> > . Lewis Carroll was not an idiot. he did not lose his senses when he
                    > used
                    > > this baby talk medium.
                    > >
                    > > Regards
                    > >
                    > > JT
                    > > On Fri, Sep 23, 2011 at 12:43 AM, mahendra373 mahendra373@...:
                    > >
                    > > > **
                    > > >
                    > > >
                    > > >
                    > > >
                    > > > I must disagree with this proposed lessening of the baby-talk.
                    > > >
                    > > > Improving the baby talk is not quite translating, it's really
                    > adapting.
                    > > > Your reasons for doing so are excellent, it's the worst part of the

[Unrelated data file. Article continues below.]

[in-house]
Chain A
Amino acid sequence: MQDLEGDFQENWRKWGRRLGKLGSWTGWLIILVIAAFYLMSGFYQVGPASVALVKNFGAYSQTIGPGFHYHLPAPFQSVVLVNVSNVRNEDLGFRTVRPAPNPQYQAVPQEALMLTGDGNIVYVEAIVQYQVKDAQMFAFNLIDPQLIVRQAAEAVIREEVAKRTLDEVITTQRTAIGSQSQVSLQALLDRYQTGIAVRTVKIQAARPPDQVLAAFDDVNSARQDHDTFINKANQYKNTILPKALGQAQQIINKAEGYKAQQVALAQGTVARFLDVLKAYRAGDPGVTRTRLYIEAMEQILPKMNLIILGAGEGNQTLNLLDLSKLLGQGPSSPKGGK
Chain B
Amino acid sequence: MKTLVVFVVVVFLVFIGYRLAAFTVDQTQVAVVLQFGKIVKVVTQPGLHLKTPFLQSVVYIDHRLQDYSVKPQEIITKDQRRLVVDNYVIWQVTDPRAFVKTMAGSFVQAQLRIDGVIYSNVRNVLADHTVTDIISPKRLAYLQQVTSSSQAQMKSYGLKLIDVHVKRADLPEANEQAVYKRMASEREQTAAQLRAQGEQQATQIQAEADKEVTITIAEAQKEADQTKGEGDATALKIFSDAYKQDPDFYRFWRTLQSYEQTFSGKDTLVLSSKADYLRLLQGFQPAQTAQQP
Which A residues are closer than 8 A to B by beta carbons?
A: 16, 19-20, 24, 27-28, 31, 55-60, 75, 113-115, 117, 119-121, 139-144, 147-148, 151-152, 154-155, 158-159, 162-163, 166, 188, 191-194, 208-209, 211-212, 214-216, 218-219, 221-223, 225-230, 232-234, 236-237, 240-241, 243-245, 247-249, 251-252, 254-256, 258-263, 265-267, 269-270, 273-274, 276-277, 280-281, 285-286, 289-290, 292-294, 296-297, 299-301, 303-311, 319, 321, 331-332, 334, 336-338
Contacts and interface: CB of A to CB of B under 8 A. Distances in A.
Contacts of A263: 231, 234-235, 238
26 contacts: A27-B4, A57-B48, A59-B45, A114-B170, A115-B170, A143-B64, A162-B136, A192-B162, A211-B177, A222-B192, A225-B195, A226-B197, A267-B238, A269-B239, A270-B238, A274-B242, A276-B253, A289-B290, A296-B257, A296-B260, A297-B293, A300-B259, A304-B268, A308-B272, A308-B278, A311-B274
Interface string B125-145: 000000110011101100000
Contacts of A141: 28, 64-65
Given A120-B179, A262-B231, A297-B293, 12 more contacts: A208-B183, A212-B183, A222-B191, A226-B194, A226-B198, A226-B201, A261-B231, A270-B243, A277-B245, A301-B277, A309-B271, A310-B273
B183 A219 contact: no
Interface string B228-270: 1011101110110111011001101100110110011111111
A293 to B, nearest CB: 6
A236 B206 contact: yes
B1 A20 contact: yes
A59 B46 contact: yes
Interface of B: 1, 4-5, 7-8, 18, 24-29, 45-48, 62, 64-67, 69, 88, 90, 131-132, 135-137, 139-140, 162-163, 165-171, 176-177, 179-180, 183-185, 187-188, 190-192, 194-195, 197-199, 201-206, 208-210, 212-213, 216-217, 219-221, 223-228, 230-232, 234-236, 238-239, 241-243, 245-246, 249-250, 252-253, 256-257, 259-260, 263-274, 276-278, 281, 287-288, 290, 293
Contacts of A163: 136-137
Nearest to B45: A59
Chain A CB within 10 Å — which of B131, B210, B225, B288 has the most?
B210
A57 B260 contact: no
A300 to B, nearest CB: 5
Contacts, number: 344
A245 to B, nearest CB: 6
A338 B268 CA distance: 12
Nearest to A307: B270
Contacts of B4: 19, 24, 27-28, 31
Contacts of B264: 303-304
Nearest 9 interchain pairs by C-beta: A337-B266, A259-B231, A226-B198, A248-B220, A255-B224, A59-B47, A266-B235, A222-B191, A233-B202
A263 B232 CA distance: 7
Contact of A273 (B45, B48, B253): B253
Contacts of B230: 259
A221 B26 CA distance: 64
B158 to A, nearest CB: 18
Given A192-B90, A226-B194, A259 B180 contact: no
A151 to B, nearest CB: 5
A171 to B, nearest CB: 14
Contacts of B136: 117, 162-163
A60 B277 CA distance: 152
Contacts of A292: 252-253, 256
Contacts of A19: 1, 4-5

> books
                    > > > but there's more to this than meets the eye.
                    > > >
                    > > > Many translators reach a moment of truth when they realize that they
                    > can
                    > > > easily improve a passage, both the sense and often the style. But
                    > where will
                    > > > it end? The attentive reader will begin to wonder about the rest of
                    > the text
                    > > > and maybe lose faith in you?
                    > > >
                    > > > It's the eternal dilemma of translation vs. betrayal.
                    > > >
                    > > > I think Jules Verne translated into English is a classic example of
                    > this.
                    > > > Translators who (sometimes) meant well took some considerable
                    > liberties with
                    > > > him and I'll admit that the speed and flow of his texts were
                    > improved at
                    > > > times. But the gentle neuroticism of accumulated details (and the